The Game Jar Files: Call of Duty Uprising DLC

Originally published on The Game Jar.com – 31/05/2013


Treyarch have been quite vocal about their new Blacks Ops 2 downloadable content, Uprising. According to them, it’s the most fan-centric DLC yet, and also one of the most diverse, but does it live up to their hyperbole? In this review, I take a look at both halves of the DLC, to see just what 1200mspts buys you.

The Mob of the Dead

Treyarch’s zombies mode has mutated over the years, from a simple survival mode to a progressive campaign, moving around various maps. Tranzit, Black Ops 2 standard Zombies mode, does have some story attached to it, but it’s pretty vague, and in the end what your left with is little more than a survival mode that wanders from one location to another. Thankfully, Mob of the Dead does a much better job of introducing a story to the zombie slaughter, and keeping it all tied to together. The opening cut-scene introduces you to the four characters, and their plan to escape incarceration. Not everything goes according to plan however, and before you know it, you’re hip deep in zombies.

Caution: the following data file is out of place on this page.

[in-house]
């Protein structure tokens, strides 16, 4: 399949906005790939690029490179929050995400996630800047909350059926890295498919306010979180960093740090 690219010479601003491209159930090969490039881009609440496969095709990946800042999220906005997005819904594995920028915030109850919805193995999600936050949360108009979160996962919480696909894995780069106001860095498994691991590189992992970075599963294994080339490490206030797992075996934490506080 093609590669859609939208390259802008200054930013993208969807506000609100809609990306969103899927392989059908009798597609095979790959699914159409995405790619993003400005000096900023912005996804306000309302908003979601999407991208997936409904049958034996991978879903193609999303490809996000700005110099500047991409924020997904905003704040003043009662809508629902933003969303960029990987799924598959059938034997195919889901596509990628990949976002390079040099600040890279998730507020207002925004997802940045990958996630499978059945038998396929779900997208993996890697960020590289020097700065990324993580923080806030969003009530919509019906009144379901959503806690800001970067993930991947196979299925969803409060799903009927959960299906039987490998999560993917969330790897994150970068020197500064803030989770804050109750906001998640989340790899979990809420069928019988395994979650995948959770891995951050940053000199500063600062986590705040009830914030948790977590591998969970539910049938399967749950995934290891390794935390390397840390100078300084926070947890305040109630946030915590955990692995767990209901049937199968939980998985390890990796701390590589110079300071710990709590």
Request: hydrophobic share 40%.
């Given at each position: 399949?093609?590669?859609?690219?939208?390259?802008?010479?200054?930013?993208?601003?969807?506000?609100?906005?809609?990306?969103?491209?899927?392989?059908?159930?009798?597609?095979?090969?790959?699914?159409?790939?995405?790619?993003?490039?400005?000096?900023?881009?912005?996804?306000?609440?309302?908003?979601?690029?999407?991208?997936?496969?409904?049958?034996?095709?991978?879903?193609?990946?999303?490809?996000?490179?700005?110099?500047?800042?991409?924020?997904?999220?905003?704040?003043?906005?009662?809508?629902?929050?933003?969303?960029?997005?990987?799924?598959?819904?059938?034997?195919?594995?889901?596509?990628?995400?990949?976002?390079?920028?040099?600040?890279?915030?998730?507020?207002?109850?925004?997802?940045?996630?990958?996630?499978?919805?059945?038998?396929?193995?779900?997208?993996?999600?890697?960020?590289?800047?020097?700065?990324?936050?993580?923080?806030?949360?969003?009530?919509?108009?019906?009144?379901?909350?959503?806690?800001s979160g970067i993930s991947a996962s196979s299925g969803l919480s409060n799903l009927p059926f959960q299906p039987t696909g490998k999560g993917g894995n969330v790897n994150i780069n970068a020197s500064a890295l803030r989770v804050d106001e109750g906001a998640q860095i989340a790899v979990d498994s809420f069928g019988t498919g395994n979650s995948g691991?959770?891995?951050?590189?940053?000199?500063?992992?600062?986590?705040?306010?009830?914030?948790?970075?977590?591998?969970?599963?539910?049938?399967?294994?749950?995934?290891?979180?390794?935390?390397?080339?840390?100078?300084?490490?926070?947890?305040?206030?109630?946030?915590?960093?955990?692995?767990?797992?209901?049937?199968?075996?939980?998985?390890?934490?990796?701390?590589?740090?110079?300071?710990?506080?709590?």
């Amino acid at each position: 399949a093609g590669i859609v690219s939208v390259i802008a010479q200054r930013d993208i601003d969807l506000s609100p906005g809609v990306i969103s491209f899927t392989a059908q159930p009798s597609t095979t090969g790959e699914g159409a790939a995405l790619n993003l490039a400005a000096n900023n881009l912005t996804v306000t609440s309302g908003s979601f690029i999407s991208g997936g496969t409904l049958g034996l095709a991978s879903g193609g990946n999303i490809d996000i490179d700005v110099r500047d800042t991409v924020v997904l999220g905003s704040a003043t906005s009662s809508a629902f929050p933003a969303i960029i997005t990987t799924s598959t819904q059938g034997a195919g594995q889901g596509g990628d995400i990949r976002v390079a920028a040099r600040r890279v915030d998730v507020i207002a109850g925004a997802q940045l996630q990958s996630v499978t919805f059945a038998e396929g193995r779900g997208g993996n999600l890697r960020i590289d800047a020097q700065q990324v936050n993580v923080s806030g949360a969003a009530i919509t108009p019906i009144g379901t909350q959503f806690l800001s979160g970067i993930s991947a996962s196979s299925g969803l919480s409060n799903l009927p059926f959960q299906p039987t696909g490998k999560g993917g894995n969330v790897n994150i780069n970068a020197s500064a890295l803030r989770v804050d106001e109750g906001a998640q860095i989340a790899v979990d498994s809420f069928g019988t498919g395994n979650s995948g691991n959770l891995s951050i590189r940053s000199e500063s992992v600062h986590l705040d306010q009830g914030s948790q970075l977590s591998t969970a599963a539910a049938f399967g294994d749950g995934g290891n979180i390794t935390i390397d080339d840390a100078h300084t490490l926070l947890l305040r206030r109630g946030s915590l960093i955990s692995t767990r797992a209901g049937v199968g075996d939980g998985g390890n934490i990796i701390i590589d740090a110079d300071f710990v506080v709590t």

Apart from all the usual Zombies mode mechanics (buying better guns, repairing entry-points etc), Mob of the Dead also features environmental traps scattered around the prison, workbenches to build weaponry on, and an out-of-body ghost mechanic. At various points around the prison there are electrical junction boxes which allow you to electrocute yourself (yes, really) and enter a ghostly form. Once in ghost form, you can pass through special doorways to operate switches and the like, vital if you ever want to escape the iconic prison.

Mob of the dead may have been given a sprinkling of Hollywood glamour, but that doesn’t mean it’s shallow. Alcatraz provides a perfect backdrop to the undead carnage, the run down prison looks fantastic, and does a great job of adding to the sense of terror. Without giving too much away, there are other locations, but Alcatraz is definitely the star in my opinion. I’m not entirely convinced that Treyarch have done a thorough enough job of explaining what you’re supposed to do to progress through the story, but overall the Mob of the Dead is a great extension to the Zombies mode.

The maps